In the latest online lecture, Dr. Leonardo A. Carbonera from the WSO provided us with a valuable opportunity to learn about “The Brazilian Experience” in stroke care. Stroke is the leading cause of death and disability in Brazil, with over 400,000 new cases occurring each year. To prevent severe consequences, it is crucial to ensure appropriate care and treatment.


Dr. Leonardo explained that since the establishment of the Unified Health System (SHS) in 1988, every individual in Brazil has had access to free healthcare, from the onset of the disease to rehabilitation. However, it still took a while to start the first movement aiming to improve stroke care in the country. General stroke treatment was not performed until 2002 in private hospitals, and not until 2005 in the first few public hospitals. The real turning point came in 2007 with the launch of the Pilot Stroke Program. The project involved 35 public and private hospitals that treated over 1,000 patients, achieving results comparable to international standards. It demonstrated that the use of tPA not only improves patient outcomes but is also a cost-effective investment. The success of this pilot project laid the foundation for the National Stroke Program, which aims to establish high-quality stroke care across Brazil. The main pillars of the program include establishing and implementing a stroke “line of care,” setting up certified stroke centers with dedicated stroke units, evaluating local and national networks, providing training for healthcare personnel, and educating the population. In 2012, the National Stroke Policy was implemented, which included funding for tPA through the Ministry of Health. These significant changes in stroke care led to a 5% decrease in stroke mortality in less than 5 years. Despite these remarkable improvements, Dr. Leonardo Carbonera acknowledged that while many stroke centers and networks have been established in highly populated areas, there is still room for improvement, especially in rural areas where such facilities are limited.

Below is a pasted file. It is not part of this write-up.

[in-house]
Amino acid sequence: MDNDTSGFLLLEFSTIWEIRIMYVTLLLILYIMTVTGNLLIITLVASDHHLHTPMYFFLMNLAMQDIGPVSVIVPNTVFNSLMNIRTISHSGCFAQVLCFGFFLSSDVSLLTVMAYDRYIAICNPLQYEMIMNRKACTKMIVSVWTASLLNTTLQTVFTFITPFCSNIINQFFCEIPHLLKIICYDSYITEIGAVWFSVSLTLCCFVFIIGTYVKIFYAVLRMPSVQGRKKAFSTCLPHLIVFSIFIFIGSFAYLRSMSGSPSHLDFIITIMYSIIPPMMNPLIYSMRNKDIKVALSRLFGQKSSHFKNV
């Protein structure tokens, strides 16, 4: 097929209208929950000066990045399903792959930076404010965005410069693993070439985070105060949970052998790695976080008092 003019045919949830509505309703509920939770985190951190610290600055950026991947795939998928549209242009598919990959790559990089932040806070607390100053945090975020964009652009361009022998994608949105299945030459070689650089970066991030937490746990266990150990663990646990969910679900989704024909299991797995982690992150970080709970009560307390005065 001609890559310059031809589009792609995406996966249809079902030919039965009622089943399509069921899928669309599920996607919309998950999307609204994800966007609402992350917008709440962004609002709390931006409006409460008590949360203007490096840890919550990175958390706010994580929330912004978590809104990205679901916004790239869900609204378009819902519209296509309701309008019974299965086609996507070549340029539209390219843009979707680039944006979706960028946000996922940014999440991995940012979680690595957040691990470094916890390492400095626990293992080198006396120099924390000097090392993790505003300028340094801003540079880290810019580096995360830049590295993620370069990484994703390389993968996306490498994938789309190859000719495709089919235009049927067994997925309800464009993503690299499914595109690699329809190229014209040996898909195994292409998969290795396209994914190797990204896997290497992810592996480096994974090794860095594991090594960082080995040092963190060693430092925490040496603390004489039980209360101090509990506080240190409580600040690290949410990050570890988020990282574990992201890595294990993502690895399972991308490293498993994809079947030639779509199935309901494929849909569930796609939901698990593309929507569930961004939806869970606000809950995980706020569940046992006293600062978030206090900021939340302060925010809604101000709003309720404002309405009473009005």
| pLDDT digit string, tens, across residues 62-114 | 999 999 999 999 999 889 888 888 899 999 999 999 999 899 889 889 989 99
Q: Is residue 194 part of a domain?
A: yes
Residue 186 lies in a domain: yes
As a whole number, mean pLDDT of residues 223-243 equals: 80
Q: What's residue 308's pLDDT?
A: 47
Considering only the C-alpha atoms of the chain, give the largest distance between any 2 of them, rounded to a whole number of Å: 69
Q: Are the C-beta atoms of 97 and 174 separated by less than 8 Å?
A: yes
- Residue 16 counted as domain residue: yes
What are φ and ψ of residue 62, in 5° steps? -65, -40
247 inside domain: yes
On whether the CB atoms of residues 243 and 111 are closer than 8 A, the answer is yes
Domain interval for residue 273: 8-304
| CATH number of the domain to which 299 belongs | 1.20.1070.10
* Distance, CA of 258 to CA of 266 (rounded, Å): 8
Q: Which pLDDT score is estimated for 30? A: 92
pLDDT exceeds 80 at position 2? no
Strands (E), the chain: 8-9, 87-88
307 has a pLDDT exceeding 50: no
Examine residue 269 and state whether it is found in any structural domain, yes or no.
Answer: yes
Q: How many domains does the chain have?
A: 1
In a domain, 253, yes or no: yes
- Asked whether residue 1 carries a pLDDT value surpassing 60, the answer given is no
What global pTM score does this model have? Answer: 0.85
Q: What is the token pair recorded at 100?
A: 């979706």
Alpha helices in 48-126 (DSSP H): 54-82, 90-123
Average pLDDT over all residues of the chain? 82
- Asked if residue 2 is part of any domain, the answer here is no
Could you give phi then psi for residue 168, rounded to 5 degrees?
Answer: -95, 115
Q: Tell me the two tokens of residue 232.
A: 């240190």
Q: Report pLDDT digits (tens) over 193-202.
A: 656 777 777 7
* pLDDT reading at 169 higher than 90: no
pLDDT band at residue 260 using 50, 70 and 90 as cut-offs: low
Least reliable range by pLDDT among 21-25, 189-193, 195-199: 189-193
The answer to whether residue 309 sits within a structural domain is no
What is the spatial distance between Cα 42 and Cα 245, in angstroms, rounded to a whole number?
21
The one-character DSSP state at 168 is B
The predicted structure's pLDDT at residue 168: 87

Dr. Leonardo highlighted the importance of the Brazilian Way, referring to the population’s passion and commitment to their country and its people, as a crucial foundation for the development of a national stroke policy. Through numerous awareness campaigns, the population has been and continues to be informed about the dangers of stroke and the importance of prompt and high-quality treatment to prevent death and long-term disability.


The commitment of Brazil to enhancing stroke care remains ongoing. In addition to continuous efforts to establish stroke centers staffed by qualified healthcare professionals, the implementation of stroke research and clinical trials has helped highlight the economic benefits of public access to stroke care. It also allows for a critical examination of the current state of stroke care not only in Brazil but also on an international scale, identifying areas for improvement.


Thank you, Dr. Leonardo A. Carbonera for this insight into the development of stroke care in Brazil. We all can take it as a great example of what can be done. Also a big thank you to all participants for attending and engaging in the lecture and following discussion!

Plese send me the free “Stroke Knowledge” materials: